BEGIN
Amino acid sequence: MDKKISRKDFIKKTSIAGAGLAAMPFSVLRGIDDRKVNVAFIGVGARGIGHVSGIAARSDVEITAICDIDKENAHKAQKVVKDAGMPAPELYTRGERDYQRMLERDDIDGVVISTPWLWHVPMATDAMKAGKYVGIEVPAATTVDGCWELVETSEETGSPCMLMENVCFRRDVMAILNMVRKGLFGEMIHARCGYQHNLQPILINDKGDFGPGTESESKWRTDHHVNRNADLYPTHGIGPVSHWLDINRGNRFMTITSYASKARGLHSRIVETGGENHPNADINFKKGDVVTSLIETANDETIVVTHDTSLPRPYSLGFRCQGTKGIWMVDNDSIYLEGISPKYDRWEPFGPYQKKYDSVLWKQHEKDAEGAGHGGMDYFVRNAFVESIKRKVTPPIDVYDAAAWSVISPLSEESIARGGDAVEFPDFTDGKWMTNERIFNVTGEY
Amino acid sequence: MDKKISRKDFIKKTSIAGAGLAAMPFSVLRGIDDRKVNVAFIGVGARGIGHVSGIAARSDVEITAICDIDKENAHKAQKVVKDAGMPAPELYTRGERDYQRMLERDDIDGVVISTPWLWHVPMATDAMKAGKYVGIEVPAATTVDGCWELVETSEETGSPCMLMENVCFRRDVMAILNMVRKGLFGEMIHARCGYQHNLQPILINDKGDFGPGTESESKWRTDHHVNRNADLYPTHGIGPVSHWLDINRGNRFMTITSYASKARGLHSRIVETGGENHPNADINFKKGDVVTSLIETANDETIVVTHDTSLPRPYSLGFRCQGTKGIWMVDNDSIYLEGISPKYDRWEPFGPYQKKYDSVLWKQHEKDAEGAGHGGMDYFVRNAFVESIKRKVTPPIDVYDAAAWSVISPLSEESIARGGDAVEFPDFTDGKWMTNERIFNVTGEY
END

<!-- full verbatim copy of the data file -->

Amino acid sequence: MDKKISRKDFIKKTSIAGAGLAAMPFSVLRGIDDRKVNVAFIGVGARGIGHVSGIAARSDVEITAICDIDKENAHKAQKVVKDAGMPAPELYTRGERDYQRMLERDDIDGVVISTPWLWHVPMATDAMKAGKYVGIEVPAATTVDGCWELVETSEETGSPCMLMENVCFRRDVMAILNMVRKGLFGEMIHARCGYQHNLQPILINDKGDFGPGTESESKWRTDHHVNRNADLYPTHGIGPVSHWLDINRGNRFMTITSYASKARGLHSRIVETGGENHPNADINFKKGDVVTSLIETANDETIVVTHDTSLPRPYSLGFRCQGTKGIWMVDNDSIYLEGISPKYDRWEPFGPYQKKYDSVLWKQHEKDAEGAGHGGMDYFVRNAFVESIKRKVTPPIDVYDAAAWSVISPLSEESIARGGDAVEFPDFTDGKWMTNERIFNVTGEY
Amino acid sequence: MDKKISRKDFIKKTSIAGAGLAAMPFSVLRGIDDRKVNVAFIGVGARGIGHVSGIAARSDVEITAICDIDKENAHKAQKVVKDAGMPAPELYTRGERDYQRMLERDDIDGVVISTPWLWHVPMATDAMKAGKYVGIEVPAATTVDGCWELVETSEETGSPCMLMENVCFRRDVMAILNMVRKGLFGEMIHARCGYQHNLQPILINDKGDFGPGTESESKWRTDHHVNRNADLYPTHGIGPVSHWLDINRGNRFMTITSYASKARGLHSRIVETGGENHPNADINFKKGDVVTSLIETANDETIVVTHDTSLPRPYSLGFRCQGTKGIWMVDNDSIYLEGISPKYDRWEPFGPYQKKYDSVLWKQHEKDAEGAGHGGMDYFVRNAFVESIKRKVTPPIDVYDAAAWSVISPLSEESIARGGDAVEFPDFTDGKWMTNERIFNVTGEY